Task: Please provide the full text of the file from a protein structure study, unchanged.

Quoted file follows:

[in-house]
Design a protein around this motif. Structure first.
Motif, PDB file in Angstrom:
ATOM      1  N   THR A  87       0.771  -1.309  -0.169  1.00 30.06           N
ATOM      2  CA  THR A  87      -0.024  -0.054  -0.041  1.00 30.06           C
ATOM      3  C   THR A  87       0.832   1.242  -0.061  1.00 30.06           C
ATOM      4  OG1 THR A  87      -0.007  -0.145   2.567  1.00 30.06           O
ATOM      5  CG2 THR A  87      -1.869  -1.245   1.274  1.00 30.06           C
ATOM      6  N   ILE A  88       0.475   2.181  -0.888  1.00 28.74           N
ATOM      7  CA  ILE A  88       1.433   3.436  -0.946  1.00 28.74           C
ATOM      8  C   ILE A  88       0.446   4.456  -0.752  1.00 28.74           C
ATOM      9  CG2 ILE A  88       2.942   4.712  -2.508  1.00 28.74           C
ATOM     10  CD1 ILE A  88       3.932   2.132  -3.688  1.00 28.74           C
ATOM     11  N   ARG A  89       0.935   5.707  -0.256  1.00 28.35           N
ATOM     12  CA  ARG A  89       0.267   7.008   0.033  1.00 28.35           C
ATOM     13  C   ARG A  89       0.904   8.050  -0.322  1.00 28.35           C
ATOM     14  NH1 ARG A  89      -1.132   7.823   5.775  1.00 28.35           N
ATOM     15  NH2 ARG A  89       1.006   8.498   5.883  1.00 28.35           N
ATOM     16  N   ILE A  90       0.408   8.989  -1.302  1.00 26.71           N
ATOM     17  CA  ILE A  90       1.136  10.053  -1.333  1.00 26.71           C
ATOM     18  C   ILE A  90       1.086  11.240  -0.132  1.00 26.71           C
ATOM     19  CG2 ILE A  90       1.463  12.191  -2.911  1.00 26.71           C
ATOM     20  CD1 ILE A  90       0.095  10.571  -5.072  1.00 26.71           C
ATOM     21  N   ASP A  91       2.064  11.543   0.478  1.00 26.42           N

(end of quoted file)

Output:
[in-house]
Design a protein around this motif. Structure first.
Motif, PDB file in Angstrom:
ATOM      1  N   THR A  87       0.771  -1.309  -0.169  1.00 30.06           N
ATOM      2  CA  THR A  87      -0.024  -0.054  -0.041  1.00 30.06           C
ATOM      3  C   THR A  87       0.832   1.242  -0.061  1.00 30.06           C
ATOM      4  OG1 THR A  87      -0.007  -0.145   2.567  1.00 30.06           O
ATOM      5  CG2 THR A  87      -1.869  -1.245   1.274  1.00 30.06           C
ATOM      6  N   ILE A  88       0.475   2.181  -0.888  1.00 28.74           N
ATOM      7  CA  ILE A  88       1.433   3.436  -0.946  1.00 28.74           C
ATOM      8  C   ILE A  88       0.446   4.456  -0.752  1.00 28.74           C
ATOM      9  CG2 ILE A  88       2.942   4.712  -2.508  1.00 28.74           C
ATOM     10  CD1 ILE A  88       3.932   2.132  -3.688  1.00 28.74           C
ATOM     11  N   ARG A  89       0.935   5.707  -0.256  1.00 28.35           N
ATOM     12  CA  ARG A  89       0.267   7.008   0.033  1.00 28.35           C
ATOM     13  C   ARG A  89       0.904   8.050  -0.322  1.00 28.35           C
ATOM     14  NH1 ARG A  89      -1.132   7.823   5.775  1.00 28.35           N
ATOM     15  NH2 ARG A  89       1.006   8.498   5.883  1.00 28.35           N
ATOM     16  N   ILE A  90       0.408   8.989  -1.302  1.00 26.71           N
ATOM     17  CA  ILE A  90       1.136  10.053  -1.333  1.00 26.71           C
ATOM     18  C   ILE A  90       1.086  11.240  -0.132  1.00 26.71           C
ATOM     19  CG2 ILE A  90       1.463  12.191  -2.911  1.00 26.71           C
ATOM     20  CD1 ILE A  90       0.095  10.571  -5.072  1.00 26.71           C
ATOM     21  N   ASP A  91       2.064  11.543   0.478  1.00 26.42           N